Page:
One of the reasons I wrote The Last Town on Earth, then, was that it felt needed, that it would not only fill a gap in the literary canon but also, hopefully, would help retrieve some of the memories that were fading, would provide a new echo for stories that had not been voiced in many years.
By the time the book was published, of course, fear of bird flu - and virologists' warnings that mankind was overdue for another major influenza outbreak - had brought the 1918 flu out of history's dustbin and onto the front pages. Suddenly I was being told that the novel that I thought would be most interesting due to its unknown setting was now `timely', though such timing was unintended and certainly unexpected.
Although the 1918 flu was largely a natural disaster, human actions certainly exacerbated the situation. Governments were too distracted by war to devote sufficient resources to protecting public health, newspapers were cowed by censors into reporting only good news, and citizens showed distrust and suspicion toward their neighbors most in need of aid. People, quite simply, did not know what to do; they had neither government nor media nor family legends and stories to guide them. Even today, despite our many medical advances, it is sobering to realize how much more vulnerable our globalized world would be to such an outbreak. Eighty-nine years since that most awful epidemic, perhaps now is the time to remember what those before us have endured, to understand how the earlier versions of our societies reacted, and to talk about how we might respond if cast in a similar crucible.See all Product Description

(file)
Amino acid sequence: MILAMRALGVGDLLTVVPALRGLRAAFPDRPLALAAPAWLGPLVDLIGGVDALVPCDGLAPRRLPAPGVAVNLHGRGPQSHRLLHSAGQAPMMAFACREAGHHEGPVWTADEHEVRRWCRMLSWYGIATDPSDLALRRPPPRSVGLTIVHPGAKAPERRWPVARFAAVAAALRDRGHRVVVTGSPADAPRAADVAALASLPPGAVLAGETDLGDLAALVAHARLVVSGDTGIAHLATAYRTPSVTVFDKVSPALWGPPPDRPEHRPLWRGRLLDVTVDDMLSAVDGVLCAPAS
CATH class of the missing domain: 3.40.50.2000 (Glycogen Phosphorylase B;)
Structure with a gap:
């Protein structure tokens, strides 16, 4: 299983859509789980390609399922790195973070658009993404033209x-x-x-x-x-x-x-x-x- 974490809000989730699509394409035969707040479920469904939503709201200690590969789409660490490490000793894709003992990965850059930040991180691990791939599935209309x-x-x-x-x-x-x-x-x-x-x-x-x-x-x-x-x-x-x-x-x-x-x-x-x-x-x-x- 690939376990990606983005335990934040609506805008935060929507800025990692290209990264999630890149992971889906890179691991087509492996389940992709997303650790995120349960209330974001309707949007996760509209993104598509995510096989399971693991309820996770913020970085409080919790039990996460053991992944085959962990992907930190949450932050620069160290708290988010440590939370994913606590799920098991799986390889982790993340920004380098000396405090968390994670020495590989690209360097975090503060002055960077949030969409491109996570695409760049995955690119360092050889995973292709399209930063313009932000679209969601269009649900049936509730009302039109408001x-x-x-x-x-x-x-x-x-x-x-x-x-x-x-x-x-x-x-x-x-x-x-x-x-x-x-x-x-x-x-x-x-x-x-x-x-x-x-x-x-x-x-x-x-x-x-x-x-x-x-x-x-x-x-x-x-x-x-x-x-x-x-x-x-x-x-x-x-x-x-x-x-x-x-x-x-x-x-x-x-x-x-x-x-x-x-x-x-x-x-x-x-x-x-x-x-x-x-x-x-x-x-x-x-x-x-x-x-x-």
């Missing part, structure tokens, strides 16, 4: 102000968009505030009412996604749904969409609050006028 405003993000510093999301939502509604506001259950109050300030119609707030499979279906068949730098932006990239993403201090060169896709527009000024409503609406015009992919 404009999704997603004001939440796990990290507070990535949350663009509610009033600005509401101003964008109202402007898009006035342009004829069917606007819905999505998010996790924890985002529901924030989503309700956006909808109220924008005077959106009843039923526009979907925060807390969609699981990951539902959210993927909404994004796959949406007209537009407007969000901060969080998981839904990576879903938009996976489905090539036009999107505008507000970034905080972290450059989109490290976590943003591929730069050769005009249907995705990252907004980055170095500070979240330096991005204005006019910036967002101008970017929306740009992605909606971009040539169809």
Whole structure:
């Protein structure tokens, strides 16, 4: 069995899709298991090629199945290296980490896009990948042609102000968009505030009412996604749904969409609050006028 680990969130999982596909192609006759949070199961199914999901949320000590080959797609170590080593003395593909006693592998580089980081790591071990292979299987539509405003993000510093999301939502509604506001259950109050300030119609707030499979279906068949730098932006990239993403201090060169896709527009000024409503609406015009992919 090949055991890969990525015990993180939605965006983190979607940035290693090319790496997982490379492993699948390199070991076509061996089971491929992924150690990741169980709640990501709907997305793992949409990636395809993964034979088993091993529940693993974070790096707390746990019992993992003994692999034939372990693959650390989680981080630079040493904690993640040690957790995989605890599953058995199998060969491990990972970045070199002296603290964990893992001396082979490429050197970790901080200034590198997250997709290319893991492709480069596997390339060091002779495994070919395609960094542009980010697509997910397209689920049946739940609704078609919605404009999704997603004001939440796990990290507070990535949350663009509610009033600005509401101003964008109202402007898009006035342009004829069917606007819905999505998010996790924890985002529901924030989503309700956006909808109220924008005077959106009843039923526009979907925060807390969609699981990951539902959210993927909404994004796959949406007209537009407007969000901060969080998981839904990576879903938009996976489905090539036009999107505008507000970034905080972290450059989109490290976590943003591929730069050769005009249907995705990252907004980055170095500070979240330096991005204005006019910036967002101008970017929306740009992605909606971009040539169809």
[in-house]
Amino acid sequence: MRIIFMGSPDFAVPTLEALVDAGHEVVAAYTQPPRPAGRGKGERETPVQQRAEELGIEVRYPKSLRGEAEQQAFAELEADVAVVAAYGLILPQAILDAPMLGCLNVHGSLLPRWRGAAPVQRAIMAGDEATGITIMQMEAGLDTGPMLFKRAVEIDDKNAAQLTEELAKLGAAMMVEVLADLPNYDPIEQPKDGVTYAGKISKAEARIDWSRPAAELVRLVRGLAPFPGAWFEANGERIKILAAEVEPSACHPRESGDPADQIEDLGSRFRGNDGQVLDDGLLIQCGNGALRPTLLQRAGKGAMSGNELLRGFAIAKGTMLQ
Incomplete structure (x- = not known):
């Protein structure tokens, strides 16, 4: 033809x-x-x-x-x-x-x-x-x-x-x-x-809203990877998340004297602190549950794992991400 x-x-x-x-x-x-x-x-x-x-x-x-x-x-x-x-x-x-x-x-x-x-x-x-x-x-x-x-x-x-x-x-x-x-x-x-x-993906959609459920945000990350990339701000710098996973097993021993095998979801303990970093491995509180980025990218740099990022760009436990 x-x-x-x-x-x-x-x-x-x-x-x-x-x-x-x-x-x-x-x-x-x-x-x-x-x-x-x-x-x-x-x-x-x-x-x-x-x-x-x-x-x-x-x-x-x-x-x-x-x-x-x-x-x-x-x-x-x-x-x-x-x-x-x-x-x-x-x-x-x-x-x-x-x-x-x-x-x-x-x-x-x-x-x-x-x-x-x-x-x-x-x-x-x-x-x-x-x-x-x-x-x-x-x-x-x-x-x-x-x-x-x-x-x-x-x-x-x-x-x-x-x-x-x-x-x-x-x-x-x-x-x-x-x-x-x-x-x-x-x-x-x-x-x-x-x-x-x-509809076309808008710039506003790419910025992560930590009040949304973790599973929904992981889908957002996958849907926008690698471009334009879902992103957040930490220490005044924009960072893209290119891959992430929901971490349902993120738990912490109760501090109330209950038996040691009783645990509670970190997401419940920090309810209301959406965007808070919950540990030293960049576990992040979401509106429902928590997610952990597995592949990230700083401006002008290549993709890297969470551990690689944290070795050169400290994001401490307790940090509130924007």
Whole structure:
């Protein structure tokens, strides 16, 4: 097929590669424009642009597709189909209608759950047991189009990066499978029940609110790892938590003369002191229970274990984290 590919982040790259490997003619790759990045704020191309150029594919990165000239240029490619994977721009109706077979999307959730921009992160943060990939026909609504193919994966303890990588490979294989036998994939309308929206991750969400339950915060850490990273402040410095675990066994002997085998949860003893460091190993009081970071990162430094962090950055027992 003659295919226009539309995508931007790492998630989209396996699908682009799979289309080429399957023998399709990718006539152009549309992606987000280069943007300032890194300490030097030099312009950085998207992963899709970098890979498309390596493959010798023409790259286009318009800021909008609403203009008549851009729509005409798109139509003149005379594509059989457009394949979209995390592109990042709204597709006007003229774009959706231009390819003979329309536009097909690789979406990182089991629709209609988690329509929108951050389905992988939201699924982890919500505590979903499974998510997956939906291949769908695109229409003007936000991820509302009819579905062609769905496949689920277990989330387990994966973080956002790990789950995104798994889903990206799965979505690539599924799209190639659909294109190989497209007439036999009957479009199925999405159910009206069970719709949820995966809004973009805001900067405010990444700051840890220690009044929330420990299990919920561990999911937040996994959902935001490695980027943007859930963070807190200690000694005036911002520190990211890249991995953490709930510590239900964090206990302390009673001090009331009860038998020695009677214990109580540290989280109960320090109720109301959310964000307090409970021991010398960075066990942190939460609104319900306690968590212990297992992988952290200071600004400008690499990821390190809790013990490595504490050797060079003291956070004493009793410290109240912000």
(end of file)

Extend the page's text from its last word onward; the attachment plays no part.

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Top Customer Reviews
I also agree that some of the imagery and, in particular, the language used in the book is a real strength. However, overall, the characters were lacklustre, the story was at times confusing and my general impression was that it could just have been so much better if it had been more tightly crafted and edited to a higher standard. In the end, I came to the conclusion, that the author wasn't really sure what type of book it was that he was writing. Is it a historical novel? Because a gripping story about the flu epidemic of 1918 would have made for a great read. Or is it a political diatribe? I'd prefer the former over the latter; but this seemed to be a bit of both.